As ISIS unleashed various escalatingly grotesque execution videos over the past few months, one thing has been constant - the image of a masked man, dressed in black (with a British accent). The world has come to know ISIS apparent chief executioner as 'Jihadi John' but today, as WaPo reports, he has been identified - his real name, according to friends and others familiar with his case, is Mohammed Emwazi, a Briton from a well-to-do family who grew up in West London and graduated from college with a degree in computer programming. Not exactly the dis-enfranchised under-employed sad terrorist that the US state department suggests ISIS supportes are...
Despite still low crude oil prices, gas prices at the pump have been on the rise recently. While still at levels not seen since 2009, gas prices in February have surged at the fastest pace in at least a decade to 2-month highs. As SMRA notes, shutdowns at some refineries due to strikes has been a good part of the reason for the gain in recent weeks, but prices for gasoline also typically start to rise with the approach of spring as refineries prepare to change over to less polluting formations for the summer months. We assume, in some incredible way, higher gas prices are also a positive for the US economy (just as lower gas prices were... not).
When the system is set up to encourage maximizing self-interest, accountability for the whole is lost. And once accountability for the effectiveness and health of the whole system is lost, the system will degrade and eventually collapse, for the same reason that unrestricted grazing by individuals eventually destroys the commons.
For all the constant bullshit spewing from the mouths of any and every Japanese monetary and fiscal policy maker about a "continued moderate recovery", the facts are the facts and the data is the data - 2 years of Abenomics has utterly failed. The lastest example is tonight's triple whammy of surging joblessness (up to 3.6% from 3.4% - highest in 6 months), a 2.0% tumble in retail sales YoY (double expectations and worse since the tax hike), and a plunge in household spending (-5.1% YoY - down for the 10th month in a row). But, of course, Japanese stocks are at 15-year highs - so "everything must be awesome" - what a farce.
As "isolated" Russia signs a military deal with Cyprus, agrees bilateral trade with Greece, ratifies the $100 billion BRICS Bank, and offers to trade advanced anti-aircraft missiles to Iran, it seems threats of more sanctions against Putin and his nation are finding resistance from an unexpected place. With British PM David Cameron re-demanding that Russia be excluded from the SWIFT global financial payments system, none other than ECB Governing Council member Ewald Nowotny has exclaimed, "one has to be very careful here, exclusion of Russia from Swift would be very problematic because it could potentially undermine confidence in this system as a whole."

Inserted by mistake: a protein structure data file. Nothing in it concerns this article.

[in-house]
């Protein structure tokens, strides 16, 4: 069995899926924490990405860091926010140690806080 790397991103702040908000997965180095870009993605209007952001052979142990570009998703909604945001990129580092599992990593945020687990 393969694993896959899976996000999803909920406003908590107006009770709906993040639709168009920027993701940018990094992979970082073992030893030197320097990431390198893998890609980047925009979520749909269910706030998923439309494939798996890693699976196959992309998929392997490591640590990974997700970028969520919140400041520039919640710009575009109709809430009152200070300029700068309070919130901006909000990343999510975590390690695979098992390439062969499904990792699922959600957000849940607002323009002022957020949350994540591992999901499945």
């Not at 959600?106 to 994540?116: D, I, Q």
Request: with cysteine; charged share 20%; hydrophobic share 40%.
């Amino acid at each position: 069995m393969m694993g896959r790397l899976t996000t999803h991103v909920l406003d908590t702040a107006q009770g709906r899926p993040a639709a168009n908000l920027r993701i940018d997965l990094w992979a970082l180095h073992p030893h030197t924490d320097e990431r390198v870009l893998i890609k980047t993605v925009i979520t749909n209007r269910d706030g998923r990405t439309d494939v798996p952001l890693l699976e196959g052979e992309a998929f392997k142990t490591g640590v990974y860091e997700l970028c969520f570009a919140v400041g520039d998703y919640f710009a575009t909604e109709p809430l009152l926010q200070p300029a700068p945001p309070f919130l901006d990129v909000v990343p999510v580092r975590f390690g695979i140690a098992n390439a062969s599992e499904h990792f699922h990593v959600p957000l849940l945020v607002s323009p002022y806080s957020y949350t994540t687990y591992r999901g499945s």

Warren Buffett once famously chided that all the gold in the world would form a cube of 67 feet (20 meters) on each side. In doing so, he was attempting to argue that there was no point in owning gold since all the gold in the world would be an unproductive, useless hunk of metal. What’s ironic (and completely lost on the venerable Mr. Buffett) is that you could make the same argument about the paper-based financial system.
Now that the Greek topic is back to overall debt sustainability, a few hours ago Greece Kathimerini reported that the Euro Working Group "discussed Greece’s imminent funding problems on Thursday amid mounting concern about how the country will meet its obligations next months." This follows a suggestion earlier in the day by the Greek Minister of State for Coordinating Government Operations Alekos Flambouraris that "Greece might delay payment to the International Monetary Fund if it cannot find the necessary money." But wait, how does a country "delay" a debt payment? It doesn't: "According to officials familiar with the subject. such a move would constitute a “clear default,” with consequences for a large number of other loans Greece has received."
On the day when the MSCI World Stock Index hits a fresh record high - enthused by the exuberance of the US markets - we thought it more than a little ironic that Global GDP growth expectations for 2015 just hit a fresh record low...
Ponzi schemes, alleged or otherwise, can only exist as long as they generate more cash than they burn. Sadly for Herbalife, the tipping point beyond which every pyramid sheme implodes, has almost arrived. Just ask Bernie Madoff. Presenting cash from operations.
Despite some compression today in anticipation of ECB QE (as if that was not anticipated enough in the idioctically marginal yields across European peripheral bonds), it appears Europe is 'not' fixed. With Brexit odds around 1 in 6 and Podemos' lead in Spain extending, it appears redenomination risk (as we discussed, clearly lacking in many spreads) is re-emerging. Since the Greek election, Spanish credit risk is up 30%... more than Greece!
While the economy is showing some signs of impact from falling oil prices, a port strike in California, weak global demand for exports and an exceptionally cold winter; the markets are pushing all-time highs. There is much hype being placed on the ECB's plans for launching QE in March, however, much remains to be seen as to just how effective it will be in a negative interest rate/deflationary enviroment. But then again...there is always "hope."
One bank which dared to go dramatically against the grain is Germany's Berenberg Bank, which earlier today forecast that AAPL's price will crash to $60, a plunge of more than 50%, due to two things: the law of large numbers, and over-reliance on one single product as the iPhone accounts for 85% of AAPL's operating profit. Putting this in perspective, the vast majority of sellside analysts have a price target well over $100, even the bears. .